Last month’s elections in Belarus delivered a decisive victory of around 80% for President Lukashenko. Although EU leaders do not recognise the election result, they did not ask for a new round of elections under international supervision.
The European Council stated that the outcome was unacceptable, a reaction noting that the elections were neither free nor fair. It did condemn the subsequent violence against the protesters. Unfortunately, the EU’s rejection of the result does not change things with regard to the authoritarian regime, nor does it improve the situation in the country.
Civil society in Belarus has witnessed far-reaching restrictions of citizen civil rights. As opposition politicians are forced to flee the country, non-governmental organisations are closing one after the other and independent journalists are ending up in jail or have been forcibly disappear.
President Lukashenko has made it clear that the country will not allow foreign intervention of any kind. Moreover, he stated that the European Union has no political power to issue any dictum to Belarus since the country is not answerable to the EU.
But in which zone of influence is Belarus? The European Council stated that those responsible must be held to account and now attempts to adopt sanctions against the country’s leadership.
However, Russia does not appreciate the EU stance on the issue, attributing its perceived threat of ”serious destabilisation” to outside interference in Belarus affairs while pointing the finger at the West. True, Russia sees the Western democracies as obsessed with the former Soviet countries, but the EU has so far offered Belarus opposition politicians little more than a sanctuary in the Baltic states.
According to some analysts, Belarus may be under severe financial constraints, with dwindling foreign currency reserves that cover less than two months of the country’s imports.
Normally, a country’s foreign currency reserves should be double the current reserves in Belarus. Long-required structural reforms have not been implemented in the country. Yet, given Russia’s interest in the continuation of the Lukashenko regime, it is assumed that President Putin will provide guarantees for the neighbouring country’s economy and strengthen cooperation, possibly even merging state-owned businesses.
The Lukashenko government still holds strong and the president still retains the support of the security forces and the country’s intelligence agencies.
After 26 years in power, Lukashenko’s real fear is widespread civil unrest. The regime’s political opponents intend to launch legal action against the country’s security forces for the brutal treatment of protesters. At least two protesters are reported as having been killed. Some 7,000 were arrested and detained.
The Belarusian army has been ordered to move from the Russian border to the border with Poland. There are fears that that paramilitary units might try to reach the capital or the periphery of Minsk, which, from the regime’s perspective, would be worse as they might attempt to organise protests that could become impossible for the authorities to control. It is quite possible that Lukashenko has prompted Russia’s President Putin to intervene, but Moscow is unlikely to risk the international outcry that would follow.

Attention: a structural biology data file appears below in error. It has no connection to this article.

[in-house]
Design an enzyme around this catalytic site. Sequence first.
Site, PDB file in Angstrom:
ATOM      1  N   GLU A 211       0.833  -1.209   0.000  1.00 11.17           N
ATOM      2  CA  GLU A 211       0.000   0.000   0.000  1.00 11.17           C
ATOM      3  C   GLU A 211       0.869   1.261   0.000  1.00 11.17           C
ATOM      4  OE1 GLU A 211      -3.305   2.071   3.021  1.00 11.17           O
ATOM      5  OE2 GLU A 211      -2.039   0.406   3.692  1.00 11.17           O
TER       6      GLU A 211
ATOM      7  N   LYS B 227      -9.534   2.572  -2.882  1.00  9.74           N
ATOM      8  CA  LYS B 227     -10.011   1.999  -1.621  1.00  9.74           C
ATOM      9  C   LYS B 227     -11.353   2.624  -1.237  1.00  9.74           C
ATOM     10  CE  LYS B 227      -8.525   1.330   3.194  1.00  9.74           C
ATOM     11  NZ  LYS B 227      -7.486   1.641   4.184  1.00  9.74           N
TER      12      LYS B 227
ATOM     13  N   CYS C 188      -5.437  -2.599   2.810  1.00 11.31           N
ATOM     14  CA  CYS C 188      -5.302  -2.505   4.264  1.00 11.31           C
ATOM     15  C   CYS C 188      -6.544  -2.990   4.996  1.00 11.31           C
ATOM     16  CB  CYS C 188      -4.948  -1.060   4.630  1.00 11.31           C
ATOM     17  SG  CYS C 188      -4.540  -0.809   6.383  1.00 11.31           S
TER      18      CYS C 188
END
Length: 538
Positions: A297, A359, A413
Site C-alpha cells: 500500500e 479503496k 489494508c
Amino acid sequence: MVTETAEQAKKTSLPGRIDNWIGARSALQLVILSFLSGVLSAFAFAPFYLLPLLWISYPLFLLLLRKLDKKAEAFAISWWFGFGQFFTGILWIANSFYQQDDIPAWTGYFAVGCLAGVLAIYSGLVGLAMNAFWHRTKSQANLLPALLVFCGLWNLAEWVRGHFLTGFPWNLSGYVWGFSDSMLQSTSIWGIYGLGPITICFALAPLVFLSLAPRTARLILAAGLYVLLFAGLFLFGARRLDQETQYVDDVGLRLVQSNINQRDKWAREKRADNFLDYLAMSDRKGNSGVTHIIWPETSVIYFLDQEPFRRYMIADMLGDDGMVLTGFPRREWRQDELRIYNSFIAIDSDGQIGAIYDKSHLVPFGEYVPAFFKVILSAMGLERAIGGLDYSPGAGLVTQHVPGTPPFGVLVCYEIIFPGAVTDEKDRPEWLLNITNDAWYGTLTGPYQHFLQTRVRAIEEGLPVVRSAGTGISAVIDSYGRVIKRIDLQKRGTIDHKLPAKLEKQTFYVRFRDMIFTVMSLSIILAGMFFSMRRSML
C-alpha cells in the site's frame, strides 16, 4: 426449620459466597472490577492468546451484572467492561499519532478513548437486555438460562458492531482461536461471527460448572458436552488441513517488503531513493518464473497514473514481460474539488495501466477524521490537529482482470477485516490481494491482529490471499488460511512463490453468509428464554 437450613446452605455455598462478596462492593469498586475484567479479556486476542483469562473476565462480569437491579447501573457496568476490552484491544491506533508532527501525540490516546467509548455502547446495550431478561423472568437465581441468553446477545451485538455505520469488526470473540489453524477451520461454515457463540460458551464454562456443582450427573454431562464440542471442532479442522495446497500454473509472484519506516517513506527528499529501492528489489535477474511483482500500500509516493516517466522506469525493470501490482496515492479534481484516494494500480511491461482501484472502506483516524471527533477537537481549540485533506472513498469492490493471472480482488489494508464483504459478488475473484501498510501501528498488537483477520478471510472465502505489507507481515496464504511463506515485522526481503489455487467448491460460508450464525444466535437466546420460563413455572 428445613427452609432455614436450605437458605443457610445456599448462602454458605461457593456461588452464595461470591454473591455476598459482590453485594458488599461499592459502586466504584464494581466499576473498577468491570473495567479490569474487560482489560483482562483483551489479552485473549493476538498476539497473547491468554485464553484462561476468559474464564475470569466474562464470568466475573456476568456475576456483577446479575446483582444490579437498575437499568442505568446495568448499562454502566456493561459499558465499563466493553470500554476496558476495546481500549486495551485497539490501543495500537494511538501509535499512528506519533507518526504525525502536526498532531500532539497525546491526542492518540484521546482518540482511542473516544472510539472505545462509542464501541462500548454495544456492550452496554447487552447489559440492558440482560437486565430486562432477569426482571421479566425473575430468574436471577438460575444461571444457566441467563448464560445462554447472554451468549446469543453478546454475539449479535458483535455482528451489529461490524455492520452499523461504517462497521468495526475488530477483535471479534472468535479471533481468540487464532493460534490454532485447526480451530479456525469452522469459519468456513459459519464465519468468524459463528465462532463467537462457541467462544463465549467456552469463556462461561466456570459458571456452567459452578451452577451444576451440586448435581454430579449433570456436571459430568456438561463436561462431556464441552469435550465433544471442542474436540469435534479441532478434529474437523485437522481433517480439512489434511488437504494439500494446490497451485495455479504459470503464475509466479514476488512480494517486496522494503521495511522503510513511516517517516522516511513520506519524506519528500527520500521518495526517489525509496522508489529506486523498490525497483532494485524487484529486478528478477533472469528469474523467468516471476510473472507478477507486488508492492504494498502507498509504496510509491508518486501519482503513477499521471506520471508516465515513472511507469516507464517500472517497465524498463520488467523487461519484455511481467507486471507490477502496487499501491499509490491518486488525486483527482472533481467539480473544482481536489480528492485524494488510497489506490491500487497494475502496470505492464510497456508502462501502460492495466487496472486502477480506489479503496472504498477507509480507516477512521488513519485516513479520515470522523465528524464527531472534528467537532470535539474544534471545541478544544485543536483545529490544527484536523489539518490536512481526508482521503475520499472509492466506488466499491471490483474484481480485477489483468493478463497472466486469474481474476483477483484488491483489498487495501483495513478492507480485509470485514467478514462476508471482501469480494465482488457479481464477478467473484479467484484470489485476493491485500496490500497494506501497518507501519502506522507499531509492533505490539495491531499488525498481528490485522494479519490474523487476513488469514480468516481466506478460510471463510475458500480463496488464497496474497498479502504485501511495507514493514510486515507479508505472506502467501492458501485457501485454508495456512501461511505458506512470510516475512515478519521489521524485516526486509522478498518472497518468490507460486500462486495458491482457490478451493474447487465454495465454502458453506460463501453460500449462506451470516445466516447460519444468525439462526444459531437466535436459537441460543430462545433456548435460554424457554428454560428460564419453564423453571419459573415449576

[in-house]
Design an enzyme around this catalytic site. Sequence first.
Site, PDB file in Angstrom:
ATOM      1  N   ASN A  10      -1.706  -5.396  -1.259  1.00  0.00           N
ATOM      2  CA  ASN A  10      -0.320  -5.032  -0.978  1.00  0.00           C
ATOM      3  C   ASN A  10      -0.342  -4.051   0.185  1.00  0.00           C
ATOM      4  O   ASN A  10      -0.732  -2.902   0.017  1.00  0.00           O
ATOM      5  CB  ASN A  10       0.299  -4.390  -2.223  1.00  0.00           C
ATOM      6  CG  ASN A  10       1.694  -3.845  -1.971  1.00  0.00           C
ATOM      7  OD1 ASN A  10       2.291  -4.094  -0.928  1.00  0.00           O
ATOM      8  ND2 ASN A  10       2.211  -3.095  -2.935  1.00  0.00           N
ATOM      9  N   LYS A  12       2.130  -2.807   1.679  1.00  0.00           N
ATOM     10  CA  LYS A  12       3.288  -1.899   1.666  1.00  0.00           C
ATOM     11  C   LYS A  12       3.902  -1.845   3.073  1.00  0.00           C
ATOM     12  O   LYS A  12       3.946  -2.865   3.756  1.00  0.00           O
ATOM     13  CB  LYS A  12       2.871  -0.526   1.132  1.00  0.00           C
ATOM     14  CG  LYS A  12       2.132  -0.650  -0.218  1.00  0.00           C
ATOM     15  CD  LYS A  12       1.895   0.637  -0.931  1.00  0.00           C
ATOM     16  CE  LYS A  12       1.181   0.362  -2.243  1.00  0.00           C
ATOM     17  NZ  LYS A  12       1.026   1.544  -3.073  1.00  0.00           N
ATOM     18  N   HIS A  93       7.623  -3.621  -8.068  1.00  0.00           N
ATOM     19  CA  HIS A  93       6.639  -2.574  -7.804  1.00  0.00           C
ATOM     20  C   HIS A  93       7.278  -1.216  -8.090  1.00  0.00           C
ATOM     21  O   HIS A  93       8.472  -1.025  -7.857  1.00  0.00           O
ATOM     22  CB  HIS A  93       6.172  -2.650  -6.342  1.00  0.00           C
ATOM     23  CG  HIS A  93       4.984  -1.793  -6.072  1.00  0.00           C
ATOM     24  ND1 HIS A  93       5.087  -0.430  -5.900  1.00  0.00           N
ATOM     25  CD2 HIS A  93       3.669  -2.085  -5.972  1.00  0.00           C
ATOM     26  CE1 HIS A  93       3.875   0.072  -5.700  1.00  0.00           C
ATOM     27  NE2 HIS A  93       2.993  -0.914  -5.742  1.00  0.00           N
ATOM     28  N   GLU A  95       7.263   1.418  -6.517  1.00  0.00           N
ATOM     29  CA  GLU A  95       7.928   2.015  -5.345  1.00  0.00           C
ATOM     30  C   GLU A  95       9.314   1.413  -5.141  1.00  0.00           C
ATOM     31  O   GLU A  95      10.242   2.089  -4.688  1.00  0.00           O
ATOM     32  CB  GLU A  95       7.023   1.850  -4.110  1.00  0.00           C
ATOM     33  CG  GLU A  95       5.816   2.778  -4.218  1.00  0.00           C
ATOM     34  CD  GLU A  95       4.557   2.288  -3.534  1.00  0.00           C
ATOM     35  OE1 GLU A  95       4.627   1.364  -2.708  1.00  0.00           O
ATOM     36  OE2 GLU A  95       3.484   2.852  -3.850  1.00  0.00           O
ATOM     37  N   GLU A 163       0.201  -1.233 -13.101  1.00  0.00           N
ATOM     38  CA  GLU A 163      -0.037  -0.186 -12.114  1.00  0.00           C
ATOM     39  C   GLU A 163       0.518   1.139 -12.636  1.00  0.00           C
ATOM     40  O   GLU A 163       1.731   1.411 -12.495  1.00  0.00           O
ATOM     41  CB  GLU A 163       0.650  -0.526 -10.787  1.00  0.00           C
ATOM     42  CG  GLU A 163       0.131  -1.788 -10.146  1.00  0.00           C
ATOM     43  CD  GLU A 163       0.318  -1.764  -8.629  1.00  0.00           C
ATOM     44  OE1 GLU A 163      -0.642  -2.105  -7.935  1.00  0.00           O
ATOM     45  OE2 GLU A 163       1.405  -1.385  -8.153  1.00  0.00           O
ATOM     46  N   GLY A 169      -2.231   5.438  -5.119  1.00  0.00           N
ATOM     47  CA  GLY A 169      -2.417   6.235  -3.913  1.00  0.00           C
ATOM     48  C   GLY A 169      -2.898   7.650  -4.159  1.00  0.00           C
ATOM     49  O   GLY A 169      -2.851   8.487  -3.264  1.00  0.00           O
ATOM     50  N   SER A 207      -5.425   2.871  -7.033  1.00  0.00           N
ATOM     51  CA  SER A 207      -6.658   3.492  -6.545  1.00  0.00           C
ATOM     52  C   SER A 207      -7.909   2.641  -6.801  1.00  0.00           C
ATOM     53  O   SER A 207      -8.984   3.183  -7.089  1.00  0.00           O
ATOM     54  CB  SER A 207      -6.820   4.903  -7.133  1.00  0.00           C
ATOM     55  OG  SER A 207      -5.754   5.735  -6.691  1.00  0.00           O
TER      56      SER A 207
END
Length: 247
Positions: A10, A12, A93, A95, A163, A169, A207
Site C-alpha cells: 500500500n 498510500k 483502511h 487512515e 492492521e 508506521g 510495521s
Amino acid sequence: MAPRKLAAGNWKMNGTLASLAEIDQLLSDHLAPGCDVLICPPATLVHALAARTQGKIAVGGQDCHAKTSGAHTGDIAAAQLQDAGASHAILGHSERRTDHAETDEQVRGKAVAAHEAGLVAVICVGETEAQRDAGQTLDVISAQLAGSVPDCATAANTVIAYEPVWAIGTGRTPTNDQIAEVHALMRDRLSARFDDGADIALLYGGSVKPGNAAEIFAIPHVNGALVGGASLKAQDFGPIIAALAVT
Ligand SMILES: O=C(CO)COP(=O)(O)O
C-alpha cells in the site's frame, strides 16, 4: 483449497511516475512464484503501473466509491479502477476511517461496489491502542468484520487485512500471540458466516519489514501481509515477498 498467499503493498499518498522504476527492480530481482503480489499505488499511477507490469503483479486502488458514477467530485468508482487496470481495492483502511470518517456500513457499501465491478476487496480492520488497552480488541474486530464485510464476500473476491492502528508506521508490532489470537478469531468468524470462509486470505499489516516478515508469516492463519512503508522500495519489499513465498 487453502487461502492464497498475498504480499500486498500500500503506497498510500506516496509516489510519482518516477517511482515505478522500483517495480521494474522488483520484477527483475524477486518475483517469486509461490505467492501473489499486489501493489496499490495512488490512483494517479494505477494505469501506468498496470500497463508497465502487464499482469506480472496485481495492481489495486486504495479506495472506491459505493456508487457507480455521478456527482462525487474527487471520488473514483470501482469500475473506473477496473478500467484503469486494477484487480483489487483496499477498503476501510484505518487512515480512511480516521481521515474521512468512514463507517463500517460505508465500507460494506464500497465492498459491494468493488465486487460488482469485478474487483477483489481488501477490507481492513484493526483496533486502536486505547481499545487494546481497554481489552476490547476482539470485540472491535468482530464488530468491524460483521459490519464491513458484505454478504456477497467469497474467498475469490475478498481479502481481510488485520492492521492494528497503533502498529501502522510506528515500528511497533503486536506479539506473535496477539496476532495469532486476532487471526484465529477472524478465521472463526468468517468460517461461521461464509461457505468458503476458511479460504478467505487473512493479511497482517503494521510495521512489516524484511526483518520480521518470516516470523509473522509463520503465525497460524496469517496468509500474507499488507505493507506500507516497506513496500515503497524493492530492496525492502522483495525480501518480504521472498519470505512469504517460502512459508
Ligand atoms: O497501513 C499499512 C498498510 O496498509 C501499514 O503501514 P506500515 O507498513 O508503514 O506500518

Alternatively, Russia might provide logistical support, share gathered intelligence and send advisers to assist the authoritarian regime. In any event, Russian troops remain on stand-by in the region to aid Lukashenko’s purge of political opponents. This plan hinges on the detention or forced exile of opposition leaders, among them Maria Kolesnikova, who led the protests.
Soon after the attack on her, two other members of the opposition, Anton Rodnenkov and Ivan Kravtsov, disappeared mysteriously, but the list does not seem to end there since there are reports that lawyer and Belarusian opposition coordinator Maxim Znak was detained two days after Kolesnikova, who was snatched in the street by masked men.
The EU will have to vote on sanctions against President Lukashenko’s government. The list of high-level officials to be sanctioned includes more than 30 people. However, the question is how seriously Minsk will take these actions, as the official Belarus stance is that any external political intervention is aimed at starting a civil war in the country.
The EU states that the people of Belarus have a right to determine their own future and that the violence must stop in favour of an inclusive dialogue. As time goes by, there is less and less room for maneuver, which begs the question whether any of the opposition leaders trust the regime enough to return and participate in a dialogue or new elections.
It seems that Lukashenko will continue to force his way, that he will try to win the hearts of or instill fear in the minds of the majority of the Belarussians and propose some reforms. There may be scope for a reform of the judicial system, and perhaps the financial system, but there would not be freedom of speech.
The leaders of Belarus must reflect the will of the people. Time is the vital factor during political crises and September may well determine the future of what has been dubbed the last dictatorship in Europe. The optimistic scenario is that President Lukashenko will be forced to announce a successor or even a re-run of the elections, allowing for the opposition to return and participate.